At 23, the processing portion 26 outputs the header fields, some of which have been altered by the associated field processors, to a header assembler HA which assembles an altered header stream (including one or more fields whose integrity has been violated) from the constituent header field streams received at 23. The altered header stream is output at 25 to a combiner 27 which combines the headers of the altered header stream with the corresponding payloads of the buffered payload stream as received from the payload buffer 28. The combiner 27 outputs the altered packet stream 14 illustrated in FIG. 1.
The header assembler HA can re-calculate any checksum values (e.g. IPv4 checksum or UDP/TCP checksum) covering the fields of the assembled headers, in order to accommodate any field alterations made by the field processors at 26. Alternatively, the field processors can inform the header assembler HA (e.g., at 29 in FIG. 2) when a field has been altered, so the header assembler only re-calculates checksums when necessary.
FIG. 3 diagrammatically illustrates one exemplary embodiment of a field processor of FIG. 2. In the embodiment of FIG. 3, the TTL/HL field stream, output at 21 by field extractor 24 of FIG. 2, is input at 30 to a filter 31 which applies a smoothing operation to the values of the TTL/HL field stream. The output of filter 31 is then applied to the header assembler HA of FIG. 3.
FIG. 4 diagrammatically illustrates an exemplary embodiment of the filter 31 of FIG. 3. Each new value of the TTL/HL field stream received at 30 is input to a buffer 41, a selector 42 and a comparator 43. The new value received at 30 is compared at 43 to the previous value, which has been buffered at 41. The output of comparator 43, DIFF, represents the difference between the new value of the TTL/HL field and the previous value of the TTL/HL field. This difference DIFF is input to a further comparator 45, which compares DIFF to a threshold value designated in FIG. 4 as THDIFF. If the difference output from comparator 43 exceeds the threshold value, then the output 46 of comparator 45 selects the new value to be output to the header assembler HA of FIG. 2. If the difference output from comparator 43 is less than the threshold value, then the output 46 of comparator 45 selects the previous value (from buffer 41) to be output to the header assembler HA of FIG. 2.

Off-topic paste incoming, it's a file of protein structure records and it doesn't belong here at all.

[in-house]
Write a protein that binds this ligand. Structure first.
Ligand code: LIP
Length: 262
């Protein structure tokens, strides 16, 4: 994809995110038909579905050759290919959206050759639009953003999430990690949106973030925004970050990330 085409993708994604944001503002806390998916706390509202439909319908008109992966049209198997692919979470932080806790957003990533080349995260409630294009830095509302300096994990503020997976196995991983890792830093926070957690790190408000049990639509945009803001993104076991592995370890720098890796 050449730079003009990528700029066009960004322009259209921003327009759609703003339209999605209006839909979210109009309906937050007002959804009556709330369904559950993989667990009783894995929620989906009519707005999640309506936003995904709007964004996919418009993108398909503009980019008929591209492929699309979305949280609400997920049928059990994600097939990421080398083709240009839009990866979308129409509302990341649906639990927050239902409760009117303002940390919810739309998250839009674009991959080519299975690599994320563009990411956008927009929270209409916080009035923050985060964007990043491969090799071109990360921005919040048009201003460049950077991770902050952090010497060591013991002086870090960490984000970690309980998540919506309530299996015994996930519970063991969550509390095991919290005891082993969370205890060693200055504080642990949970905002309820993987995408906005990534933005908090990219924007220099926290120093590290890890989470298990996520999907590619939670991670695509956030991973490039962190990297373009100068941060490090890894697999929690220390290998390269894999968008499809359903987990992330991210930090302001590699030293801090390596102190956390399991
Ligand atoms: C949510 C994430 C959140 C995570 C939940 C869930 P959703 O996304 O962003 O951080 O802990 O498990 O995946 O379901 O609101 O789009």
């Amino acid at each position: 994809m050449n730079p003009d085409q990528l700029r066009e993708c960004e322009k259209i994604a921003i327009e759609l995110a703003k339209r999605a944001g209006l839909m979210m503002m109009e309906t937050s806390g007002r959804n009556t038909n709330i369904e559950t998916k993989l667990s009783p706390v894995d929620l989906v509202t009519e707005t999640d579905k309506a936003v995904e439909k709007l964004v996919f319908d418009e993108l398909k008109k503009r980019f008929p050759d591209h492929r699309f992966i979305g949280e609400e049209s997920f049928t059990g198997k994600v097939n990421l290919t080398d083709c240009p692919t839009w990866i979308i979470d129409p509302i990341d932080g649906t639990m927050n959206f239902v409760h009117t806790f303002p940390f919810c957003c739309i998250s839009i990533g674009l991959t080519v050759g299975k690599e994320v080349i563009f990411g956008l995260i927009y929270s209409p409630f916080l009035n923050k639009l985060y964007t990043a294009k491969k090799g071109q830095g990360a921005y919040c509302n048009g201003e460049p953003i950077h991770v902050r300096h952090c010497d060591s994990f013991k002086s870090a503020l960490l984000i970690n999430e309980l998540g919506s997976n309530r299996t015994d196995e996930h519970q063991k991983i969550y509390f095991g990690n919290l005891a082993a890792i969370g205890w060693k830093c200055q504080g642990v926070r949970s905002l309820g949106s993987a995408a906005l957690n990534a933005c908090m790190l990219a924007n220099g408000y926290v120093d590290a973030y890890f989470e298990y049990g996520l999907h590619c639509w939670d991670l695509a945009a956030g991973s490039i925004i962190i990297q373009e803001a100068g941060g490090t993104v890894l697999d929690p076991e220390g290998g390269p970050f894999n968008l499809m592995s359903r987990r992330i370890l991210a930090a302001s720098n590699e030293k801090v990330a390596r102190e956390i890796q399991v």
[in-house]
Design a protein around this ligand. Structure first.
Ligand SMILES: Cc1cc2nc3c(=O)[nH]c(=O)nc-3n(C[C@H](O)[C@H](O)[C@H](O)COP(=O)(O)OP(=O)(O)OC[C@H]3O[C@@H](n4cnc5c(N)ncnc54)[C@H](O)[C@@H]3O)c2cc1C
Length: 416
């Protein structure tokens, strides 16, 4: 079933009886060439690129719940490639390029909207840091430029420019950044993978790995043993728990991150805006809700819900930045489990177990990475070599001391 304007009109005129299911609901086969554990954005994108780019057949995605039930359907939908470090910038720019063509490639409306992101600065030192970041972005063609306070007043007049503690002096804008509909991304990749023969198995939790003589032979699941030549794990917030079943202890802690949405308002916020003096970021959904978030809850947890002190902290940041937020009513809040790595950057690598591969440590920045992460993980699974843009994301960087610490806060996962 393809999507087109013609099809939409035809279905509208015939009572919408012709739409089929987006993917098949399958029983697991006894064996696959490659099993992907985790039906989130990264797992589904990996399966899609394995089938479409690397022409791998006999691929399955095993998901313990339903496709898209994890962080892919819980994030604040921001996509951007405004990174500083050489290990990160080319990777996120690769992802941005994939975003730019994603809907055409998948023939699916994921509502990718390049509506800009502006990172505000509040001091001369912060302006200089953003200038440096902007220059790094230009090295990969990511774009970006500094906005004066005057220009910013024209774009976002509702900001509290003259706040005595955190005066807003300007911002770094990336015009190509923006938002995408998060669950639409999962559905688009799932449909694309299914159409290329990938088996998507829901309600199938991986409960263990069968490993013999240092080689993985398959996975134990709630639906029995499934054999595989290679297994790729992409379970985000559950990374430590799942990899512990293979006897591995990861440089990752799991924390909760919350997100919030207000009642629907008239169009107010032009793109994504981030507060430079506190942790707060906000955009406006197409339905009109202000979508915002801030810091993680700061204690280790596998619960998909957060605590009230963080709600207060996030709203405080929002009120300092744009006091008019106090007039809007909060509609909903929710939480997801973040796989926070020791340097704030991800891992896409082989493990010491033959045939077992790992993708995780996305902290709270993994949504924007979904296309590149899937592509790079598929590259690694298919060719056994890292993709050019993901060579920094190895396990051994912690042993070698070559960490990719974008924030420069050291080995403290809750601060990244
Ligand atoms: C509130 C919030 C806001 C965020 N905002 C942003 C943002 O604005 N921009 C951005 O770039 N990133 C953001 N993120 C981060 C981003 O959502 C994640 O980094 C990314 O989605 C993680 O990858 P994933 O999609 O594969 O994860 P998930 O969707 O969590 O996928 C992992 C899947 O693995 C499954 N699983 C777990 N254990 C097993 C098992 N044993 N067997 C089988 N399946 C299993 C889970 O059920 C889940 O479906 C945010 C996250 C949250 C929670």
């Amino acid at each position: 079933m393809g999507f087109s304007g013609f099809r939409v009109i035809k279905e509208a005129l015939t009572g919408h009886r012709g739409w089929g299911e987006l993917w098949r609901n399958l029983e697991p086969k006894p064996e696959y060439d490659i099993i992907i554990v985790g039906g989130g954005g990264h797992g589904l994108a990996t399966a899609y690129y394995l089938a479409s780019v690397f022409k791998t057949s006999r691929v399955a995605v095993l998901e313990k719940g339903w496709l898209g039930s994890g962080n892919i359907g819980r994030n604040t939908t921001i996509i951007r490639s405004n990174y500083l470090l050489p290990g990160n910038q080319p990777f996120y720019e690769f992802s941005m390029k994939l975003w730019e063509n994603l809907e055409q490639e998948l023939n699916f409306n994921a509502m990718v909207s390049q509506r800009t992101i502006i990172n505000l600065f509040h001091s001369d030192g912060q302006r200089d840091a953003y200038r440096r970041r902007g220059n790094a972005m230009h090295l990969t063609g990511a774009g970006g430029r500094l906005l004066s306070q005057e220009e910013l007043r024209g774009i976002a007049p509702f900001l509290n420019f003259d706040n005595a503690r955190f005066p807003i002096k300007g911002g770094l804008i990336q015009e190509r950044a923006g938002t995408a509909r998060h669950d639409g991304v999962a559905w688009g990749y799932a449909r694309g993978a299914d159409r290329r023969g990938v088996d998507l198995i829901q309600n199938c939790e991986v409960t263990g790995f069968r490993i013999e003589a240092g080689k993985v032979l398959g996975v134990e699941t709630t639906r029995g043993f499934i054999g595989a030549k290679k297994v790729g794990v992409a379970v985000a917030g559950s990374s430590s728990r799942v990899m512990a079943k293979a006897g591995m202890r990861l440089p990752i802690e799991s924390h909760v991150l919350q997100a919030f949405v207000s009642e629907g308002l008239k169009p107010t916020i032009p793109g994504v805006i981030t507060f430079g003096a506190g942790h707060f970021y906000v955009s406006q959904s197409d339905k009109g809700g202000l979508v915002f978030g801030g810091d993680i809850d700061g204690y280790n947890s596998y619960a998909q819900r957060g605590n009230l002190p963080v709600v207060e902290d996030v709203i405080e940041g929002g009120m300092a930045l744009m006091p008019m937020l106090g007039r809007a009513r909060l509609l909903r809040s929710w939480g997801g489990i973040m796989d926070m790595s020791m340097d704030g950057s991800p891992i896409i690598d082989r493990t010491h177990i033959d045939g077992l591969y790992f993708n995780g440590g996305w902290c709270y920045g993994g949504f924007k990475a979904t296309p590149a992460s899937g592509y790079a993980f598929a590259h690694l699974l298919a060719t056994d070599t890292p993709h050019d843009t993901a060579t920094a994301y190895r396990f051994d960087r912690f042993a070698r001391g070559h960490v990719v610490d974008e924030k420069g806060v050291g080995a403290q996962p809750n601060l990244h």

FIG. 5 illustrates exemplary operations which can be performed by the filter embodiment of FIG. 4. After the new value is received at 51, it is compared to the previous value at 52 to obtain the value of DIFF. In this embodiment, DIFF is the absolute value of the difference between the new and previous values. It is then determined at 53 whether the value of DIFF is less than the threshold value THDIFF. If so, then the last value is substituted for the new value at 54, otherwise, the new value is provided to the header assembler HA (see selector 42 in FIG. 4). An exemplary value of the threshold THDIFF of FIGS. 4 and 5 is THDIFF=2. Thus, as long as the value of the TTL/HL field does not vary by more than 2 (which is often the case), then the filtering operation will set the new value equal to the previous value, thus advantageously relieving node HCN of FIG. 1 from the requirement of sending the new value to the node HDN, and thereby reducing the header overhead requirement.
FIG. 6 illustrates another exemplary embodiment of a field processor of FIG. 2. A stream of checksum field values (e.g., UDP checksum values) received from field extractor 24 is input at 61 to a selector 62 whose other input 63 is coupled to a zero value. The output 64 of selector 62 is coupled to the header assembler HA of FIG. 2. The selector 62 has a control input 65 driven by decision logic 66 in response to bit error rate (BER) information and payload information respectively received at inputs 67 and 68 of decision logic 66.
FIG. 7 diagrammatically illustrates an exemplary embodiment of the decision logic 66 of FIG. 6. In the embodiment of FIG. 7, a comparator 71 compares the bit error rate (BER) of data path 15 to a threshold value THBER. Also in FIG. 7, a comparator 72 compares the bit error sensitivity of the payloads of the packet stream 11 to a threshold value THSENS. The output 73 of comparator 71 and the output 74 of comparator 72 are input to an AND gate 75, whose output controls the selector 62 of FIG. 6. The BER input to comparator 71 is conventionally provided from nodes such as HDN in FIG. 1 to nodes such as HCN in FIG. 1. Thus, the BER can easily be provided from the node HCN to the violation node 13 for use in the embodiment of FIG. 7. An example of the threshold value THBER is 10−4. The payload sensitivity information received by comparator 72, which information is indicative of the sensitivity of the payload to bit errors, is dependent on the type of payload involved. The threshold value THSENS can be emperically determined based on the desired performance.
FIG. 8 illustrates exemplary operations which can be performed by the field processor embodiment of FIGS. 6 and 7. After the BER and payload sensitivity information are obtained at 81, it is determined at 82 whether the BER exceeds the threshold value THBER. If so, it is then determined at 83 whether the payload sensitivity is less than the threshold value THSENS. If so, then the decision logic 66 controls selector 62 such that the zero value at 63 is output to the header assembler HA as the checksum field value. Thus, for example, if the data path at 15 in FIG. 1 has a relatively high bit error rate, and if the payload of the packet stream is relatively insensitive to bit errors, then the checksum field is inactivated by setting its value to zero. This reduces the header overhead in the packet communication path 18, and also ensures that packets with payload errors will be delivered to the destination application. If the BER does not exceed the threshold at 82, or if the payload sensitivity is not lower than the threshold at 83, then the selector 62 of FIG. 6 passes the checksum field value received from field extractor 24 directly to the header assembler HA (see FIG. 2).